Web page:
Motherwell and manager Stuart McCall seem an ideal match

By Richard WilsonBBC Scotland
Motherwell manager Stuart McCall

A setback won't be able to have a lasting effect at Fir Park.

There were pangs of frustration when Kilmarnock scored a late winning goal on Saturday, but Motherwell's season remains a testament to the worth of a shrewd manager and a strategy that balances common sense with reasonable ambition. Occasional disappointments can be fleeting when there is an overall feeling of progress.

Fir Park has seen the damage that can be wrought by misadventure. John Boyle, the former chairman, once talked boldly of a third way, of building a side capable of challenging Rangers and Celtic by buying a handful of expensive players and trying to attract bigger crowds.

In the end, it took a bout of administration to overcome the subsequent financial crisis.

Working within their means has not reduced the scope of Motherwell's aims, though. A succession of managers have found this good-natured, modest but confident club to be an ideal place to work.

In recent years alone, Mark McGhee and Craig Brown earned moves to Aberdeen on the basis of impressive progress at Fir Park. Stuart McCall, though, can claim to be one of the most enduringly accomplished managers in the Scottish Premiership.

He has seen his budget cut each year since his arrival in 2010, following a maiden managerial spell at Bradford, but has still delivered third- and second-place finishes in his two full seasons in charge, as well as a Scottish Cup final and a sojourn in the Champions League qualifiers. In terms of budget, Motherwell should drift far behind the likes of Aberdeen and Dundee United, yet they are battling hard to finish second again.

Aberdeen are only two points clear, but they are gathering all the attention in a campaign that has already brought the League Cup and could yet deliver the Scottish Cup. The sense around Pittodrie is of a reawakening of the club's old potential, but the self-effacement of Motherwell should not be considered a weakness.

More than 14,000 watched Aberdeen draw with Dundee United at Pittodrie, while a little more than 4,000 were at Fir Park for the game against Kilmarnock. There should be a significant gap between the capabilities of the two sides, but Motherwell remain doggedly relevant. The resourcefulness is endearing.

Stuart McCall, Gordon Strachan and Mark McGhee
McCall, left, is part of Scotland manager Gordon Strachan's coaching set-up

McCall manages with a light touch. He is a witty, ebullient figure and a highly-rated coach. His teams are built around good organisation and improving individuals, since the likes of James McFadden, John Sutton and Stephen McManus have been rejuvenated this season, while Lionel Ainsworth, Iain Vigurs and Craig Reid have become better players under his influence.

The focus remains on Aberdeen, since they are expected to progress further and narrow the gap to Celtic. That seems dismissive of Motherwell, but there will be little indignation at Fir Park. The sense around the club is of a group of staff, coaches and players who prefer contentment over being in the limelight.

Leeann Dempster, the chief executive, talks of community initiatives and the social and health benefits that Motherwell can bring to the people who live nearby and those who follow the club. Managers are selected for their ability to work with limited resources and find unheralded or undervalued players in England.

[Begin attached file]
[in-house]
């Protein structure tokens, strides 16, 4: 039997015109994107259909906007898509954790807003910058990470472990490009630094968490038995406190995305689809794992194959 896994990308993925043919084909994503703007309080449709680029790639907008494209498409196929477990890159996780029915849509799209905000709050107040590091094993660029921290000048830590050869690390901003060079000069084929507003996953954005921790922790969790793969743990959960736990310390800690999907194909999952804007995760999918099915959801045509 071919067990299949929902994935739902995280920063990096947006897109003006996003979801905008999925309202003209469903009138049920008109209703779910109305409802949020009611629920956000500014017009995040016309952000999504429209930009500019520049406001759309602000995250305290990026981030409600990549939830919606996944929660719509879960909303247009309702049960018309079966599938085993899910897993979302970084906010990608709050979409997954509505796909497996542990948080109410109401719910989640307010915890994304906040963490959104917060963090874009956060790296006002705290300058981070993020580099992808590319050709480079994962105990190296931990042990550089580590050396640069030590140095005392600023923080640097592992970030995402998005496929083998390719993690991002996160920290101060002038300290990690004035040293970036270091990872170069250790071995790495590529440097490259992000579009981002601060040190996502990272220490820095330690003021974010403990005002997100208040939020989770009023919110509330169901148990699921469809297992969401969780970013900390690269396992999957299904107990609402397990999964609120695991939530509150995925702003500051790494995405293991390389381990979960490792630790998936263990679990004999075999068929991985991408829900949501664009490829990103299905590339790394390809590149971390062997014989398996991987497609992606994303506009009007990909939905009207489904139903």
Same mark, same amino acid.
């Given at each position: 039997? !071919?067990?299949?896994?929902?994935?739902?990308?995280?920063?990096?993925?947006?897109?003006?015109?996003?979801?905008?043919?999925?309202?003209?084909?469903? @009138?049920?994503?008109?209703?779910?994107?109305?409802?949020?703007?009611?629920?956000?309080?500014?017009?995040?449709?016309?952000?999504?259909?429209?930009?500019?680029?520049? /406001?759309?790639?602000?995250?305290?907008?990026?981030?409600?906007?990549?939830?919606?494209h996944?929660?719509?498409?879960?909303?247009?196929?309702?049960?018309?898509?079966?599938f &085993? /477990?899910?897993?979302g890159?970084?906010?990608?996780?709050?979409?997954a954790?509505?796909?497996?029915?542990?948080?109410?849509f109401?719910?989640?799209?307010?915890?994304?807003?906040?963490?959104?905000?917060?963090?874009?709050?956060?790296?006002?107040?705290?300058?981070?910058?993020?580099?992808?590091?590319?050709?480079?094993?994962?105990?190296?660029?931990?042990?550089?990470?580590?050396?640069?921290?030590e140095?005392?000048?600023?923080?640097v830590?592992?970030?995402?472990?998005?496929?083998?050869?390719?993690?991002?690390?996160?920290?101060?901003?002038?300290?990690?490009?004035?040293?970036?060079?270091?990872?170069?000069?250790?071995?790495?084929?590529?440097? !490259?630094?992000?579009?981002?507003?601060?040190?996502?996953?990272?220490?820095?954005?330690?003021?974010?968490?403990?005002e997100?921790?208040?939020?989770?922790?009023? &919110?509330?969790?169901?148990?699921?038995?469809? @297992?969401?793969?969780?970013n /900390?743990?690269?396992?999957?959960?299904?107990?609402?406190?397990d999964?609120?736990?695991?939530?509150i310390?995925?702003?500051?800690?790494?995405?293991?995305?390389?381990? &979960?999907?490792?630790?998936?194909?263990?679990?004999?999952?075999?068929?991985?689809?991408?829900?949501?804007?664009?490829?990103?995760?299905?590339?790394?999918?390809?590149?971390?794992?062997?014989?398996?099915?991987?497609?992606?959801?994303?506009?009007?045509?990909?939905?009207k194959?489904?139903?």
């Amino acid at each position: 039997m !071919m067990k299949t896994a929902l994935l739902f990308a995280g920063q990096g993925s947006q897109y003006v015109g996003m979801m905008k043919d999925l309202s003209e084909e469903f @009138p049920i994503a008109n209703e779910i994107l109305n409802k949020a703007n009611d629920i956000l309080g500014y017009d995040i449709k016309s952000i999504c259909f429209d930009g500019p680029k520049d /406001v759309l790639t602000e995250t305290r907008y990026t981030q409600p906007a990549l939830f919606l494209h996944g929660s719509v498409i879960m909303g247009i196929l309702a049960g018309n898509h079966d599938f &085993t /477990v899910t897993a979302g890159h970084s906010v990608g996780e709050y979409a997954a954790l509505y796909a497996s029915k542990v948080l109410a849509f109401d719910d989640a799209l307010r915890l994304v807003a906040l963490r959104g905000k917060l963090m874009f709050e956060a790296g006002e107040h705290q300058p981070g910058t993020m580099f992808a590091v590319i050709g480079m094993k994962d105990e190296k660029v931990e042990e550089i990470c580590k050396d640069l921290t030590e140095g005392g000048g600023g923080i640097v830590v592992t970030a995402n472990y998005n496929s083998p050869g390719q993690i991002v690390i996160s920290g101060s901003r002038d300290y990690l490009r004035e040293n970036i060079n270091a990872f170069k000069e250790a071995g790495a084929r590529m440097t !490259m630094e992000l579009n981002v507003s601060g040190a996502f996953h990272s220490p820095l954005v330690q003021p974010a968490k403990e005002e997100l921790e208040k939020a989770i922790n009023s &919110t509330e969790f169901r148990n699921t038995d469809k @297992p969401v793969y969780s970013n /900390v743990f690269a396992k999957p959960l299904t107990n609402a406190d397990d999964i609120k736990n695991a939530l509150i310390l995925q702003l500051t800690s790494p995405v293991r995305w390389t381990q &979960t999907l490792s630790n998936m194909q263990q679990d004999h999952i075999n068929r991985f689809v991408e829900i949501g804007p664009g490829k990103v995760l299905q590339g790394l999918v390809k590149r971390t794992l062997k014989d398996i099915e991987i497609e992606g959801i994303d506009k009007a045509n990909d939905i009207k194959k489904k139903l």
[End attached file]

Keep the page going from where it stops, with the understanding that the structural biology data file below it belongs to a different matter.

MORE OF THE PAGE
McCall's work with the likes of Darren Randolph, Nicky Law and Michael Higdon earned them moves to bigger clubs last summer. They were part of an exodus, since most of McCall's leading players were all out of contract. By delivering another team capable of challenging for second place, McCall has once again emphasised the range of his talents.

His squad is limited, but there is seldom a period of crisis. Instead, consistency is often within reach and their run of six consecutive victories around the turn of the year was their best series of wins in 77 years. Only Celtic and Dundee United have scored more league goals this season, but no side in the top six has conceded more goals.

It seems telling that Motherwell have won all but two of their games against bottom six teams this season, yet won only twice against the teams around them in the top six. This highlights the sense of being an able side but without the kind of individual accomplishment of the likes of Aberdeen's Adam Rooney, Peter Pawlett and Niall McGinn or Ryan Gauld, Stuart Armstrong and Gary Mackay-Steven at Dundee United.

Even so, a fit and dynamic McFadden remains a potential matchwinner. McCall is punching above his weight in the Premiership, and being knocked out of both cup competitions in early rounds directly impacted on the resources he could call upon to strengthen in January.

There remains, though, a sense of impudence about the manager and his side. They will not settle for accepting a more modest target than finishing second, and they might yet find the perseverance to overhaul Aberdeen. McCall can be gritty as well as droll, and he is an increasingly sought-after manager.

Loyalty prompted him to turn down various potential interviews in the past two seasons, then he thought hard about the chance to return to Sheffield United last summer. Some Rangers supporters believe that he could yet be a future Ibrox manager. The interest is a reflection of the impressive body of work he has built up at Fir Park.

He was manager of the year last term, and will be among the candidates again at the end of this campaign. Motherwell, in their understated style, and the plain-speaking, unpretentious McCall complement each other. It is an effective partnership, and one that could still deliver the prize of European football.

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